Following a sold-out show at Mike Weiss Gallery in New York, Toronto-based artist Kim Dorland unveiled dramatic new works at the McMichael Canadian Art Collection
on October 26, 2013. For his first major exhibition at a public institution, Dorlandwho uses heavy impasto, fluorescent hues, and spray paint to push the boundaries of landscape paintingcreaed a series of works in response to his study of the McMichaels permanent collection and the lush forests of the Humber River Valley which encompass the gallery grounds. You Are Here: Kim Dorland and the Return to Painting runs from October 26, 2013 to January 5, 2014.
The exhibition spans five gallery spaces and feature over one hundred works, including numerous freshly painted canvases by Dorland. One particularly stunning worka triptych of the French Rivermeasures eighteen feet long and eight feet high. Dorlands paintings hang in the company of works by Canadian art icons Tom Thomson, the Group of Seven, David Milne, and Emily Carr. Selected by Dorland and McMichael Chief Curator Katerina Atanassova, the works in the exhibition trace the evolution of the Canadian landscape tradition, culminating in Dorlands fresh, modern interpretations.
Working with the McMichael has offered me the unique opportunity to step inside history and surround myself with some of the influences and traditions I respect the most while simultaneously pushing the bounds of my own contemporary practice, said Dorland. My paintings have evolved in exciting and unexpected ways as a result and now I get to show them alongside the work of my heroes.
One of the exhibitions most original features is its focus on the artistic process. In one of the gallery spaces, artifacts and other historical materials are used to recreate Tom Thomsons original Toronto painting studio. Dorland also set up what he refers to as an ideas room, consisting of wall panels from his studio covered in photographs, drawings, small paintings, pages from books, and other research materials.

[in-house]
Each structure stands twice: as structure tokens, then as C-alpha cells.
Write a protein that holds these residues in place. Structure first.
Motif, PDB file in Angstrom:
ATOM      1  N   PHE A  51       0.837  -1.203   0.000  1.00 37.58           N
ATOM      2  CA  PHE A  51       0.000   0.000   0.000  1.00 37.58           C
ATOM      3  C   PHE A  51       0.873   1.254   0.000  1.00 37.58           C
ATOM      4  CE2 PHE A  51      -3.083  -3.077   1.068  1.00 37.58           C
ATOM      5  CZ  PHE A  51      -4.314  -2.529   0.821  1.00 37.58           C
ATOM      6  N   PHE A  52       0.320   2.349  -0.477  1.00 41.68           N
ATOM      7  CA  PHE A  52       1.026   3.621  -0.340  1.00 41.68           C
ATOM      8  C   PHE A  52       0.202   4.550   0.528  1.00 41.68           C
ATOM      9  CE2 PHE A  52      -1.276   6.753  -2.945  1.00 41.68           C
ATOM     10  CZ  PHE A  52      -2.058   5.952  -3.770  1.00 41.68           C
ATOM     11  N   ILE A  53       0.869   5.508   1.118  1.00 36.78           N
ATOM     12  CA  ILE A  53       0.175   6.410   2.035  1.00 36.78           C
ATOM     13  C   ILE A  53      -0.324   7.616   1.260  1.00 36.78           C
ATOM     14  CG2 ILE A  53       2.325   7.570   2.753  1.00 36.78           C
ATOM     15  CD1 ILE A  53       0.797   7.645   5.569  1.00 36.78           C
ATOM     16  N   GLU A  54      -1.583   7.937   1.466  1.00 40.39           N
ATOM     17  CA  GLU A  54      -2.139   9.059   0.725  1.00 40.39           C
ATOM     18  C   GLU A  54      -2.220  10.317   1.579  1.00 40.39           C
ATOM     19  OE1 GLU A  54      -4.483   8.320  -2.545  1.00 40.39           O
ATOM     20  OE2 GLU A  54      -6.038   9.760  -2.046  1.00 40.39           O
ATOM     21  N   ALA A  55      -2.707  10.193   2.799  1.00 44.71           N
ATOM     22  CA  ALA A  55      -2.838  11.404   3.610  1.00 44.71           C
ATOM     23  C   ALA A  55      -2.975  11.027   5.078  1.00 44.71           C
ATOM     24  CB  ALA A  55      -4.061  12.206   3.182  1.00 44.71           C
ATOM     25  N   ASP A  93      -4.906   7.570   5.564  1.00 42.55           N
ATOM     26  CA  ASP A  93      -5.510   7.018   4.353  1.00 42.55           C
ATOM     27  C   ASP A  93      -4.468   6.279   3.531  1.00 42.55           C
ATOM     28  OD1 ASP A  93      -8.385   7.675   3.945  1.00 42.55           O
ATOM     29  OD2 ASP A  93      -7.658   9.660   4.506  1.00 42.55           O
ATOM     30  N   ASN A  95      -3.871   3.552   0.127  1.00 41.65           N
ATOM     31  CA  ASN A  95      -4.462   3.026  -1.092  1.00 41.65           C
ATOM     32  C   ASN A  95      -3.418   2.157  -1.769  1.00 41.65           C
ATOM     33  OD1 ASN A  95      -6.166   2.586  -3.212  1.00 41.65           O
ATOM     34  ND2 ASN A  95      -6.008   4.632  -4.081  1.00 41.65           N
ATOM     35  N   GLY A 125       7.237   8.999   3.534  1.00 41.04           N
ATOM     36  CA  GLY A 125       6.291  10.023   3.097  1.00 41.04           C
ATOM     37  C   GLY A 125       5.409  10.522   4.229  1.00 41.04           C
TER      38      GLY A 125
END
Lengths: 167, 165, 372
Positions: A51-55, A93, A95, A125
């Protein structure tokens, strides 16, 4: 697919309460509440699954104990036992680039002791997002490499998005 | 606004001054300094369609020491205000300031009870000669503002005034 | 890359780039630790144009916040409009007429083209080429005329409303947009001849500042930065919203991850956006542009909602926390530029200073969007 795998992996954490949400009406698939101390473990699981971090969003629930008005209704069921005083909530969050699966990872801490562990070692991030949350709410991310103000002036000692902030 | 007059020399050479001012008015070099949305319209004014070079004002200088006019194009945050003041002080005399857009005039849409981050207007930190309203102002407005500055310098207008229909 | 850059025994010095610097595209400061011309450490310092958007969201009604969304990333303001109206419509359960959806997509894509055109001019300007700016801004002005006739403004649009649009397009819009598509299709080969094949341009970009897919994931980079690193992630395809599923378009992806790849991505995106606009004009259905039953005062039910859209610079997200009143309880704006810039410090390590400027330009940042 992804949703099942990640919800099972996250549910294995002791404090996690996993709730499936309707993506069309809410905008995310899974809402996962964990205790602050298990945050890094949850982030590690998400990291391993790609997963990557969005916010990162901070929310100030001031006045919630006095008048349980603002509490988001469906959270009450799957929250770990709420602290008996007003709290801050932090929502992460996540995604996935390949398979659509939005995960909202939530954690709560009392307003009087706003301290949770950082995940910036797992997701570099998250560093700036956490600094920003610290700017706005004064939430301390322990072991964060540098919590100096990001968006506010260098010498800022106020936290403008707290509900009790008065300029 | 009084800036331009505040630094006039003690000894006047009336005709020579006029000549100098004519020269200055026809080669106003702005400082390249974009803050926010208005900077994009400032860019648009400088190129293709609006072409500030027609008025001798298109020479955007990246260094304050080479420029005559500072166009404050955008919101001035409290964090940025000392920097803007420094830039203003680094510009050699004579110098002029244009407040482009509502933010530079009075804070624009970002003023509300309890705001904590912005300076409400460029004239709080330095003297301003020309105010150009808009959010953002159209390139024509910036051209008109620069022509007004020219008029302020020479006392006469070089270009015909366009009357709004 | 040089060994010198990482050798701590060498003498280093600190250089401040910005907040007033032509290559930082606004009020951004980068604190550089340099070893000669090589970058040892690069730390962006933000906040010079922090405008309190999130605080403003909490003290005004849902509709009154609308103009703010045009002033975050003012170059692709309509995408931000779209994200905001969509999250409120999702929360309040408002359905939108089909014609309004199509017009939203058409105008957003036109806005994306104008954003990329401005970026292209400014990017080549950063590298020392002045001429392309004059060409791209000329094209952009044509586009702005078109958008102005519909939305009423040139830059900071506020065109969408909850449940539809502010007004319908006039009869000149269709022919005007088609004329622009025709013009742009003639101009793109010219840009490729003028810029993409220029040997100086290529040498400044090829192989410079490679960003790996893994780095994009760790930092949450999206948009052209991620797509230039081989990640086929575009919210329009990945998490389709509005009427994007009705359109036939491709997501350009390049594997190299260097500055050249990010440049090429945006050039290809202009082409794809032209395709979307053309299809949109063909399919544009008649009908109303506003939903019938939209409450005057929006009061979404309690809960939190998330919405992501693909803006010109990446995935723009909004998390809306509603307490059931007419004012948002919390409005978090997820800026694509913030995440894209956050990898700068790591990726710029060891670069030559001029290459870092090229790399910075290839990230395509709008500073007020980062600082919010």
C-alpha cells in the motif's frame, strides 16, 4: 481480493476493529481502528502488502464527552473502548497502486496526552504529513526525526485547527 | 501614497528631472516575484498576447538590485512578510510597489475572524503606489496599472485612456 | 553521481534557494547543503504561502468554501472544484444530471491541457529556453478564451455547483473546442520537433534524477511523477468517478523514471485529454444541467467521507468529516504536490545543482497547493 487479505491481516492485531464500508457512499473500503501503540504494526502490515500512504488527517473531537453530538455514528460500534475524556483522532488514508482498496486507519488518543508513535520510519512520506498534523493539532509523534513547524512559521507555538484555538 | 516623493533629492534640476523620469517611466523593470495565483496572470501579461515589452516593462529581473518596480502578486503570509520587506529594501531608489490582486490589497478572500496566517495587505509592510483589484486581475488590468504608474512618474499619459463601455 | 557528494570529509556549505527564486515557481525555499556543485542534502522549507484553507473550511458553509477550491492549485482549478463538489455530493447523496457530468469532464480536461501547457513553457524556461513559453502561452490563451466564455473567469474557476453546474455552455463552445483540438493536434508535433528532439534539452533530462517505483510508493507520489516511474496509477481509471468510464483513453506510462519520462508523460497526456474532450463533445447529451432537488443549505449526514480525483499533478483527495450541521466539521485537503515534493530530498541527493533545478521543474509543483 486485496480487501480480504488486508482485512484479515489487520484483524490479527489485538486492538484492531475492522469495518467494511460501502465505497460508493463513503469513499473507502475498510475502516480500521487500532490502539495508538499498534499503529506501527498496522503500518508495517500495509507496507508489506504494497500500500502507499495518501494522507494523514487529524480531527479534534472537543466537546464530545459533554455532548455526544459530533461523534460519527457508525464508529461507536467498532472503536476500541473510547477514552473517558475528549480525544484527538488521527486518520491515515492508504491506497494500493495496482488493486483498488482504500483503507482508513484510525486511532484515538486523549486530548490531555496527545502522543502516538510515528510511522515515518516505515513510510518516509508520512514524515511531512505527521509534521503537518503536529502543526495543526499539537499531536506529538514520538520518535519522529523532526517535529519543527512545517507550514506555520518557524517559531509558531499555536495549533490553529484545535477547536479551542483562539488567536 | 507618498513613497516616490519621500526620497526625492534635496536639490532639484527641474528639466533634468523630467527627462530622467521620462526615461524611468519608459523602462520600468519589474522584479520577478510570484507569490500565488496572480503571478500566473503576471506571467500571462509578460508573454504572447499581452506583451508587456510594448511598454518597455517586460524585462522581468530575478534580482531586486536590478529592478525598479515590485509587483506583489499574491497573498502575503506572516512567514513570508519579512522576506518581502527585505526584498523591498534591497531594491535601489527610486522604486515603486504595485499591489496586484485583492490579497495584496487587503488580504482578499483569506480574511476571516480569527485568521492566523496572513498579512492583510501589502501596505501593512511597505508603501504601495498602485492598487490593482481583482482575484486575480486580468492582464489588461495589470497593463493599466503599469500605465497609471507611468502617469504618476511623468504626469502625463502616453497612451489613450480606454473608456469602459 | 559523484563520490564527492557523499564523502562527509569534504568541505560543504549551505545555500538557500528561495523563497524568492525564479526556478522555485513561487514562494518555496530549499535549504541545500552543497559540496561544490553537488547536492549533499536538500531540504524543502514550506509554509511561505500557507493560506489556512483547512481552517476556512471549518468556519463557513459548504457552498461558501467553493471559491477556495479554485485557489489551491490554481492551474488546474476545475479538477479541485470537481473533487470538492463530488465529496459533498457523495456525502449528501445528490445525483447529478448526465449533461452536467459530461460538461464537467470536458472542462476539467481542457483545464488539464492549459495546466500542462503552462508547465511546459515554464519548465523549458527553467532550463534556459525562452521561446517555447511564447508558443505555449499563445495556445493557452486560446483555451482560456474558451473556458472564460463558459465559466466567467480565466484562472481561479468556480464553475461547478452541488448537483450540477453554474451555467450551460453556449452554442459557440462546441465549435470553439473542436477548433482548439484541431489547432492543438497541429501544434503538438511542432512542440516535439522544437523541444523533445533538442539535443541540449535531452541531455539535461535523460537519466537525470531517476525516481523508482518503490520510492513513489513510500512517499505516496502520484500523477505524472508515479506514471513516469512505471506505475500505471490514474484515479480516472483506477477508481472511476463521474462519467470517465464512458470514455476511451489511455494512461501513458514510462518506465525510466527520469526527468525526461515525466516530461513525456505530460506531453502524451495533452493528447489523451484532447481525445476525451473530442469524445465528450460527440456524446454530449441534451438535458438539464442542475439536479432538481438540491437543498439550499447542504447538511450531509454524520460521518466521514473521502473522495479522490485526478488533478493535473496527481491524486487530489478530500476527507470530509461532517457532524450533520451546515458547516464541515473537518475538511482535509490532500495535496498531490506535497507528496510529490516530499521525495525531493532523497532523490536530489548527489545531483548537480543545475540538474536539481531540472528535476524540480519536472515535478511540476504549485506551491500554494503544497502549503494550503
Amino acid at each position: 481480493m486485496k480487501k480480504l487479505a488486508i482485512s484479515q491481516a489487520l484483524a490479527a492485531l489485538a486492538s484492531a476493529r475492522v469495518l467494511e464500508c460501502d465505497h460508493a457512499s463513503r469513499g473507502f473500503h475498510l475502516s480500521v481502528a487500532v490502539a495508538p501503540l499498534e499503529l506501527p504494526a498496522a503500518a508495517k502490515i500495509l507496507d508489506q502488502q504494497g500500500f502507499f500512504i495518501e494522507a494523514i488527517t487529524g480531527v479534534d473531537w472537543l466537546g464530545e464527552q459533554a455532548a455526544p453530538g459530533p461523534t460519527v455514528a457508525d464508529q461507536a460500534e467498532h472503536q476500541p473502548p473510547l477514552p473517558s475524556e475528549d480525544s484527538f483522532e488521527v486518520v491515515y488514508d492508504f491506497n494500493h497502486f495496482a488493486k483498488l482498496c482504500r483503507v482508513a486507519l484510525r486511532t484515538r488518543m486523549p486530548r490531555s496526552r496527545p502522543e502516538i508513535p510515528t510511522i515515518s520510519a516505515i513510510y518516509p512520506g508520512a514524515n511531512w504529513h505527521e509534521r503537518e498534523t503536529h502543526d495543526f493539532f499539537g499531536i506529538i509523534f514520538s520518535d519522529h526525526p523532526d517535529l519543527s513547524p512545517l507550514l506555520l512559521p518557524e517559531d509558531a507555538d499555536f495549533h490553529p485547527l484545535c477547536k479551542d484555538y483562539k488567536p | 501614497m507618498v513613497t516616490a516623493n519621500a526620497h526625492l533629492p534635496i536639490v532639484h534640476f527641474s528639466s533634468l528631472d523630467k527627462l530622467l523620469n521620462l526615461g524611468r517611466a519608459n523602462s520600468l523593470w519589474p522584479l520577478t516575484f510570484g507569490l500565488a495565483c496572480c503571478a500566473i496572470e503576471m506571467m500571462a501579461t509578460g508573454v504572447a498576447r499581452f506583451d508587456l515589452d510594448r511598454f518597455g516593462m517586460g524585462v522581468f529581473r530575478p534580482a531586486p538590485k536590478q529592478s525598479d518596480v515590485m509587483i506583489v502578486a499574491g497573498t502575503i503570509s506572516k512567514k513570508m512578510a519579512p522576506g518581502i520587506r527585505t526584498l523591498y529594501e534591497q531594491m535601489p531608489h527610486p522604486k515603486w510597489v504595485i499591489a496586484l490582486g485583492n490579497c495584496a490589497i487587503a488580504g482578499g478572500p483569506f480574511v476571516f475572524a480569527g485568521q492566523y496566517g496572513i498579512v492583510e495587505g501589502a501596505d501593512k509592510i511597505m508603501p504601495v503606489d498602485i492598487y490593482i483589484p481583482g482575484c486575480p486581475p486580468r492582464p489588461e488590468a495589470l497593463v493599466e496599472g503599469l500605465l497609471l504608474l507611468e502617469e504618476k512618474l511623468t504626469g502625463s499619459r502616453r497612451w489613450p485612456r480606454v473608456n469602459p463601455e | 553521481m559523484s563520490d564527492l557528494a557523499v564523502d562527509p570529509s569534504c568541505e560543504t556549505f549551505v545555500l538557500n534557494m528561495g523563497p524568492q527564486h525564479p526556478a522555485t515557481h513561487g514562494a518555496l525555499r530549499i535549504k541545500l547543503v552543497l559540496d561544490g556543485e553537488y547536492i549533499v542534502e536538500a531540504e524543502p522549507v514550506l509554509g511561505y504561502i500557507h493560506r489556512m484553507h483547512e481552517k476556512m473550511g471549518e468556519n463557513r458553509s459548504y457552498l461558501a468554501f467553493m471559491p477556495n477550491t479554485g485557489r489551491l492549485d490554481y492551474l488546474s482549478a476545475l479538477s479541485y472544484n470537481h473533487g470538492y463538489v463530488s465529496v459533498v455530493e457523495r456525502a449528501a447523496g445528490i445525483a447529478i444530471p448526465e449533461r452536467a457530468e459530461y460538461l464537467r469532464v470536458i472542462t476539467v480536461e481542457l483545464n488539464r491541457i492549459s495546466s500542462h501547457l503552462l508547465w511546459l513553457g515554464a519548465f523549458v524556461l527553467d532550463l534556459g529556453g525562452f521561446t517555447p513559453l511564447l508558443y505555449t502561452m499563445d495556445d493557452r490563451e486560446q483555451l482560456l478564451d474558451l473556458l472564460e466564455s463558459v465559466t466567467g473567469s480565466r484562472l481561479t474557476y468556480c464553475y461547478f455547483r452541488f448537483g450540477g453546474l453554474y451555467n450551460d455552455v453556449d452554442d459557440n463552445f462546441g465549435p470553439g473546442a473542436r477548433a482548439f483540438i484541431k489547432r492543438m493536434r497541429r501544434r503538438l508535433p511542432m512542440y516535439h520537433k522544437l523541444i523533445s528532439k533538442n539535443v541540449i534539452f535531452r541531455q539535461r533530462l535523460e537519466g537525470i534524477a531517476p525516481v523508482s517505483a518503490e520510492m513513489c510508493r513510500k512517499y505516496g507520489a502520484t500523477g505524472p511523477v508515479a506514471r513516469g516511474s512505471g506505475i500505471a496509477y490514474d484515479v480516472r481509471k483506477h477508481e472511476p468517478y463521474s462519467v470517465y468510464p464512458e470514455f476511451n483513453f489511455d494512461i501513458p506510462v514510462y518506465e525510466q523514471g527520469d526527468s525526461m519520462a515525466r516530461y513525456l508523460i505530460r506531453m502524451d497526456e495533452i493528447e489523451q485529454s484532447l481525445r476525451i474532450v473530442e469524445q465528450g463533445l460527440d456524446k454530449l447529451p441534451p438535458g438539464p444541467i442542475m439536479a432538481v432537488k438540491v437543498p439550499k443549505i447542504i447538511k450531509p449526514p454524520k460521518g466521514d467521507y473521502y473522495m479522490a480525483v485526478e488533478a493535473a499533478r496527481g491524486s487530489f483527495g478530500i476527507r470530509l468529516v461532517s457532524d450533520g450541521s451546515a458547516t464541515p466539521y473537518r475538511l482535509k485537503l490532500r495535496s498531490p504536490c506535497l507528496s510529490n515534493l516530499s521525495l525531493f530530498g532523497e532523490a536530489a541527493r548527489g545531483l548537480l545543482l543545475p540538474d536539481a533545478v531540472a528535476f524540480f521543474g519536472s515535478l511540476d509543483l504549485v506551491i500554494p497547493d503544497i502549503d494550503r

Over the past few years, we have witnessed a slow yet steady resurgence of the painting medium in Canadaboth in terms of its presence in the public eye and its appeal to young artists, said Atanassova. Kim Dorland is among those whose work has contributed to the renewed power of the medium. While his work is deeply rooted in the tradition of landscape painting, his vibrant, heavily textured canvases portraying the untamed Canadian wilderness are fresh and contemporary.
Born in 1974 in Wainwright, Alberta, Kim Dorland has exhibited across Canada and internationally, including in Milan, Los Angeles, and in New York. His work is featured in The Sander Collection (Berlin); Montréal Museum of Fine Arts; The Glenbow Museum (Calgary); Museum of Contemporary Art San Diego, and numerous private collections.